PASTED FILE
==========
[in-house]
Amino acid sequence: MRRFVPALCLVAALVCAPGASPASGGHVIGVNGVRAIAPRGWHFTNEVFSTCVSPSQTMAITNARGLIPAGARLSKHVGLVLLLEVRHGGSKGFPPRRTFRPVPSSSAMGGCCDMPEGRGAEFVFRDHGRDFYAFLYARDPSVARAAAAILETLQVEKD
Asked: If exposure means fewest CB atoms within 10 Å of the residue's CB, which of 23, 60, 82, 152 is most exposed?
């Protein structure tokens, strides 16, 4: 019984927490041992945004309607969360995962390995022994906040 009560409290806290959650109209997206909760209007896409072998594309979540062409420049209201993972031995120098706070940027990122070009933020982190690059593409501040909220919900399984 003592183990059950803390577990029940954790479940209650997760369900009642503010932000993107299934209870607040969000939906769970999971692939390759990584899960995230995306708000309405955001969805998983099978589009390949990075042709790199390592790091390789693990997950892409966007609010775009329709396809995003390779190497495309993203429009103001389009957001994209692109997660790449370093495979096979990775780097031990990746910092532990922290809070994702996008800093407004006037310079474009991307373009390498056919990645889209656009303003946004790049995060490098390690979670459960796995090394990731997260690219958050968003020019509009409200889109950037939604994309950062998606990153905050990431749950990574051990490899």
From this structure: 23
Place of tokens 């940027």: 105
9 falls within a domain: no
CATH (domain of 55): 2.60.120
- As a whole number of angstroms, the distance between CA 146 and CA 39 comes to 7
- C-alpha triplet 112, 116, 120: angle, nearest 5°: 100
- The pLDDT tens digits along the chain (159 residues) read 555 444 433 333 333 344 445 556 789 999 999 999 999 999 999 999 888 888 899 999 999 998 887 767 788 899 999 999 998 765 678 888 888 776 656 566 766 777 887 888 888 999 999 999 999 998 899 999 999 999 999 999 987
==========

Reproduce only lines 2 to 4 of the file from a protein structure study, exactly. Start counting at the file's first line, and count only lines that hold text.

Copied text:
Amino acid sequence: MRRFVPALCLVAALVCAPGASPASGGHVIGVNGVRAIAPRGWHFTNEVFSTCVSPSQTMAITNARGLIPAGARLSKHVGLVLLLEVRHGGSKGFPPRRTFRPVPSSSAMGGCCDMPEGRGAEFVFRDHGRDFYAFLYARDPSVARAAAAILETLQVEKD
Asked: If exposure means fewest CB atoms within 10 Å of the residue's CB, which of 23, 60, 82, 152 is most exposed?
């Protein structure tokens, strides 16, 4: 019984927490041992945004309607969360995962390995022994906040 009560409290806290959650109209997206909760209007896409072998594309979540062409420049209201993972031995120098706070940027990122070009933020982190690059593409501040909220919900399984 003592183990059950803390577990029940954790479940209650997760369900009642503010932000993107299934209870607040969000939906769970999971692939390759990584899960995230995306708000309405955001969805998983099978589009390949990075042709790199390592790091390789693990997950892409966007609010775009329709396809995003390779190497495309993203429009103001389009957001994209692109997660790449370093495979096979990775780097031990990746910092532990922290809070994702996008800093407004006037310079474009991307373009390498056919990645889209656009303003946004790049995060490098390690979670459960796995090394990731997260690219958050968003020019509009409200889109950037939604994309950062998606990153905050990431749950990574051990490899």